One basket had very good figs, even like the figs that are first ripe: and the other basket had very naughty figs, which could not be eaten, they were so bad. Jeremiah 24:2
When I first read this scripture, I was perplexed. How could a fruit behave badly? I learned from reading further into the chapter that the two different baskets of figs represented two different types of people-good and very evil. But I still wondered why the figs were described using a word I associated with little children. This verse definitely went into my 'weird scripture' file. I was happy when I came across the information below.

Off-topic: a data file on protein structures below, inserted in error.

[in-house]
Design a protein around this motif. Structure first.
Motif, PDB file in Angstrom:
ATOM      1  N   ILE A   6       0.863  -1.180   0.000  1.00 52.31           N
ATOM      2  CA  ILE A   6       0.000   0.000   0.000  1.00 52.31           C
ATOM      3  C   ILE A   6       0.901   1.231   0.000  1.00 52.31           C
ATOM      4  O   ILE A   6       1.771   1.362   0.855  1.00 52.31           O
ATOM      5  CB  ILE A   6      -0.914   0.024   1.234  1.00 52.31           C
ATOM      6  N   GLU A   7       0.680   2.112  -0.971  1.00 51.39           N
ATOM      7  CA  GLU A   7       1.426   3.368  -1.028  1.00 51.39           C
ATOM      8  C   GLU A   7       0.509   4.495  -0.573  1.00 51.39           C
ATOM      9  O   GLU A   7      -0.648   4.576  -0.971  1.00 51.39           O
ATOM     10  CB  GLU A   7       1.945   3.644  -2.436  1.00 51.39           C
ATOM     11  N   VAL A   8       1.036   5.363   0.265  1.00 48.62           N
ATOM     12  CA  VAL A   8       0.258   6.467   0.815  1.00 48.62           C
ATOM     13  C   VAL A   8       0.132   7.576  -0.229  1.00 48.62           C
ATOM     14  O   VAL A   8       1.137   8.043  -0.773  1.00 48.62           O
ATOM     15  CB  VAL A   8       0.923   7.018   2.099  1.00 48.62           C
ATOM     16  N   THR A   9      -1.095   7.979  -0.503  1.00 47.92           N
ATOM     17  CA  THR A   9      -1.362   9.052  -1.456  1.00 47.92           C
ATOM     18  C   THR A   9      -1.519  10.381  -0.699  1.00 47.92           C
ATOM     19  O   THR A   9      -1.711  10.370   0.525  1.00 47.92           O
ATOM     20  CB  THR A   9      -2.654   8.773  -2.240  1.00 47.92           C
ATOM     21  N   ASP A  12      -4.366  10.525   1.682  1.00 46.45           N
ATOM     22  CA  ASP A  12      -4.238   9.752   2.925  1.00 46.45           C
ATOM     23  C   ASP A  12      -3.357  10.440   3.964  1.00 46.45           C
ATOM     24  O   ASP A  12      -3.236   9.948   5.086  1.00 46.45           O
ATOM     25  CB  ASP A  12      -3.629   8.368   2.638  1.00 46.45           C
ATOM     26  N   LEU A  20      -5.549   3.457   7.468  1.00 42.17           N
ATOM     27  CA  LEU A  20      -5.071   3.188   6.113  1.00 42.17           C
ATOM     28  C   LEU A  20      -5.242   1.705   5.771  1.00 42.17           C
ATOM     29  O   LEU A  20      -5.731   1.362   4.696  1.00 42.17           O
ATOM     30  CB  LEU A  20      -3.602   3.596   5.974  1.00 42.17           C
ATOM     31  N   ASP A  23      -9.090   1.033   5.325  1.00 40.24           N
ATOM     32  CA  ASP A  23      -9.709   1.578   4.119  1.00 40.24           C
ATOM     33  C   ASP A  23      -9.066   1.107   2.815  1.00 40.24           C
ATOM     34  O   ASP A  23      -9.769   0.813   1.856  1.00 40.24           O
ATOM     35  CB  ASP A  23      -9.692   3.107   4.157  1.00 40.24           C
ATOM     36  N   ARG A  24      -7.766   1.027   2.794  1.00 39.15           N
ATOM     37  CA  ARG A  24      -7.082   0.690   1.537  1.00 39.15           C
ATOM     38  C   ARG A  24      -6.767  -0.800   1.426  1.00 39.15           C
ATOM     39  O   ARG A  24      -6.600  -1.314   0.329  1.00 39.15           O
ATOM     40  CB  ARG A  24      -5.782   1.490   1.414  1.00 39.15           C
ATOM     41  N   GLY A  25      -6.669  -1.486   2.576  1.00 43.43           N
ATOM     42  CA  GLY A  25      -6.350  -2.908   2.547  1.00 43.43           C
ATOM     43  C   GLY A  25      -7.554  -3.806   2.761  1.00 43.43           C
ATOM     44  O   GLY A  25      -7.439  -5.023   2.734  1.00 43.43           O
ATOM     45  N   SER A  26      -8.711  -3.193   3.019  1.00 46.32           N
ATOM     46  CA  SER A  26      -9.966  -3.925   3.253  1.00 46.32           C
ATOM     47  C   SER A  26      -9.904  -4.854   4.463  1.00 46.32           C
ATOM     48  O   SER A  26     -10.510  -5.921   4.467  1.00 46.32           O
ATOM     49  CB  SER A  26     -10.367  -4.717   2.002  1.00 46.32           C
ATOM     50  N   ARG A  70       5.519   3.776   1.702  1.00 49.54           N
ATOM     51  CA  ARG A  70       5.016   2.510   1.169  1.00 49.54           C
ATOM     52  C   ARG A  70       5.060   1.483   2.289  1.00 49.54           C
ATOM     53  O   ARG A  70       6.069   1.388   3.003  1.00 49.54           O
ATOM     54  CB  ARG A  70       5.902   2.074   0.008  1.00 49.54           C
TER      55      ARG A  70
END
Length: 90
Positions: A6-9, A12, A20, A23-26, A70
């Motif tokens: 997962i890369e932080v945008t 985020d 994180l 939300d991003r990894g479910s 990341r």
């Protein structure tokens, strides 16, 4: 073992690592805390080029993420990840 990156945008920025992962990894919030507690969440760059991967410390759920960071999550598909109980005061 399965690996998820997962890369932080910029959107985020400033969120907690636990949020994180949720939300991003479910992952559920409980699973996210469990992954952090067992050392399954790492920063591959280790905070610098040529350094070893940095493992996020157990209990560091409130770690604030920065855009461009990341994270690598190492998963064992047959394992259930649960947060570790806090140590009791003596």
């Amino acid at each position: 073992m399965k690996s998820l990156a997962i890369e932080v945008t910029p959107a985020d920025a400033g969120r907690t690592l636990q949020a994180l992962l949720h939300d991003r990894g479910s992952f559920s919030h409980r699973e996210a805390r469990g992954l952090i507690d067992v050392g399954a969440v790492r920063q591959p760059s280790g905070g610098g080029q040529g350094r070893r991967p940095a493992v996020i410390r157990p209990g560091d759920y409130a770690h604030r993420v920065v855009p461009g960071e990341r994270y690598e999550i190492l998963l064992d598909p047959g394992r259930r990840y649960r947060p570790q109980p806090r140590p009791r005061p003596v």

"Naughtiness" is really bad in the KJV; it means downright wickedness. The injunction in James 1:21 to "lay apart all filthiness and superfluity of naughtiness" is now translated in more modern versions as "put away all filthiness and rank growth of wickedness."
The terms "naughty" and "naughtiness" have lost some of their evil through the years; they are now used for the misdeeds of children or the trivial misbehavior of adults who have not matured. The "naughty figs" that Jeremiah saw in his vision (24:2) were simply "bad figs," so bad that they could not be eaten.
Shakespeare used "naughty" frequently, the best-known lines being
"How far that little candle throws his beams!
So shines a good deed in a naughty world."
(The Bible Word Book, Bridges & Weigle, pg 228)